Encouraging Future-Mindedness

“I’m going to be a programmer when I grow up,” said my 10-year-old daughter. She had just checked out several books on computer languages from our local library. Over the summer, she taught herself to code in four systems. Several computer camps and a computing science degree later, she landed her dream job with Google.

Numerous studies show that thinking about the future is good for children and adults. It influences the decisions we make, affects our goals, and even encourages generosity and cooperation. Being able to envision who we want to be (our future self) can help us weigh the pros and cons of certain actions now that might help or hinder our plans.

Prospection (future-oriented thinking) occurs in animals and humans. Scientists say even infants show signs of such thinking, and preschoolers are fully capable of imagining a future self and describing things they can do to become that person. However, engagement in future-mindedness appears to decline as children age.

Feeling disconnected from their future self is one reason children’s prospection declines. If their imaginative ideas about who they will become are labeled ‘cute’ or ‘silly’, they may stop imagining possibilities. Noticing that no one who looks like them has achieved their dreams can be discouraging as well. Kids need encouragement and role models to keep their mental and emotional time traveling skills intact.

It turns out that strong future-mindedness is also tied to how children think about their past and present experiences. Looking backward provides kids with a sense of their past challenges and accomplishments. They use this information to shape their sense of self now and in the future. Paying attention to the present also gives them valuable information about what they like and how they feel, which often influences their future likes and emotions.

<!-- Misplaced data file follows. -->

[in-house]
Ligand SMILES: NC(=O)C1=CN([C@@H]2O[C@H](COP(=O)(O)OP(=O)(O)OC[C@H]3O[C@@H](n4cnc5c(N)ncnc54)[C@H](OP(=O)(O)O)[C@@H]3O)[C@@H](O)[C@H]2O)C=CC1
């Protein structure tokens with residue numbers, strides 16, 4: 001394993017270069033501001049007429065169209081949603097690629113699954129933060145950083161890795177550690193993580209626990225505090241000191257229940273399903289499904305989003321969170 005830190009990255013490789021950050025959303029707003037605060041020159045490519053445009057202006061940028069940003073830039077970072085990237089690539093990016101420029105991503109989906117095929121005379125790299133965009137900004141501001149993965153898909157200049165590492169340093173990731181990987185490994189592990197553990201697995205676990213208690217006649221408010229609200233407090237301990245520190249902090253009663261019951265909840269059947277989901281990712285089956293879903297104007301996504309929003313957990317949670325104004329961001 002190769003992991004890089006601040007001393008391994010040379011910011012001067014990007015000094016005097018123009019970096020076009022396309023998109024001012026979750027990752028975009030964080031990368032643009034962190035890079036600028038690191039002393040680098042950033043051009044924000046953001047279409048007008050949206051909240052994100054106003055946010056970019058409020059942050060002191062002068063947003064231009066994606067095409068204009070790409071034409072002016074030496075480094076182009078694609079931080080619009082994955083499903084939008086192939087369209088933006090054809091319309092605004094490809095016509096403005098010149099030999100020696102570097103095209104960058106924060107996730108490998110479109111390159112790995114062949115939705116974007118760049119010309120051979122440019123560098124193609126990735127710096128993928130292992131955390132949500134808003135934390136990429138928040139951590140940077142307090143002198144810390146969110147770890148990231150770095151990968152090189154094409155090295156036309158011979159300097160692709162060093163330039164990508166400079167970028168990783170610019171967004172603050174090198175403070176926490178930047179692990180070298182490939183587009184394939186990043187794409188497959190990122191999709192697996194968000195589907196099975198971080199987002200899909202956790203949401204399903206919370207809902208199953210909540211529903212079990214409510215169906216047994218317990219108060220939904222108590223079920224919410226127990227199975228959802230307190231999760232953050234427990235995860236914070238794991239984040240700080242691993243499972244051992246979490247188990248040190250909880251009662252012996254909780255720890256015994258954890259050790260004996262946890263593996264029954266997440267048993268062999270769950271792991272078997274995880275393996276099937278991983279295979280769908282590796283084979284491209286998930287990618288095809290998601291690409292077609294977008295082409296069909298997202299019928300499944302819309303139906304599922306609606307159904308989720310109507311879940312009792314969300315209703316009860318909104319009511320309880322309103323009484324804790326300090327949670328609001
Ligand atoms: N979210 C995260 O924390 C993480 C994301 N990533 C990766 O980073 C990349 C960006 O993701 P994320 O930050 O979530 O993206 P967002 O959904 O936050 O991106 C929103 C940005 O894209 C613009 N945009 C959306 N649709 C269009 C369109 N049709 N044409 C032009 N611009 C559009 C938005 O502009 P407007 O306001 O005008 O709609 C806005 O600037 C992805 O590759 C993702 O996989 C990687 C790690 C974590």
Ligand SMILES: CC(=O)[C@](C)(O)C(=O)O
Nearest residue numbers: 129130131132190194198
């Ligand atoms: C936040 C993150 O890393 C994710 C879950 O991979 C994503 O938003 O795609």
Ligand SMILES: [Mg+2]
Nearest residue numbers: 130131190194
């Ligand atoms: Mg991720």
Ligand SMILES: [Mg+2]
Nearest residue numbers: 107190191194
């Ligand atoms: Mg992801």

One way parents and caregivers can encourage future-mindedness is by inviting children to write or record letters to their future selves. Younger children may need an adult’s assistance, whereas older children may want to keep their thoughts to themselves. In that case, the adult’s role may be solely to store the letter safely until it is meant to be opened by the child.

Suggest that children divide their letter into three parts: past, present, and future. In the past section, kids recall things that have happened in the past that they consider important to remember. They might share stories of how they learned an important skill, navigated a family move, managed fears, or successfully achieved a goal.

In the present section, children describe some things about themselves and their lives now. Suggest that they share some of their everyday activities, as well as ideas about themselves and the world. Encourage them to include feelings that accompany these activities and ideas. For example, they might describe their annoyance with a sibling who teases them or excitement over a new pet.

The future section is where kids imagine who and where they will be in six months or a year. Suggest that they ask themselves questions, such as “Did you make new friends? Start a new hobby?” The answers they develop become a description of the future self they hope to become. When they read or listen to their letter later, they see how their actual and imagined selves are changing.



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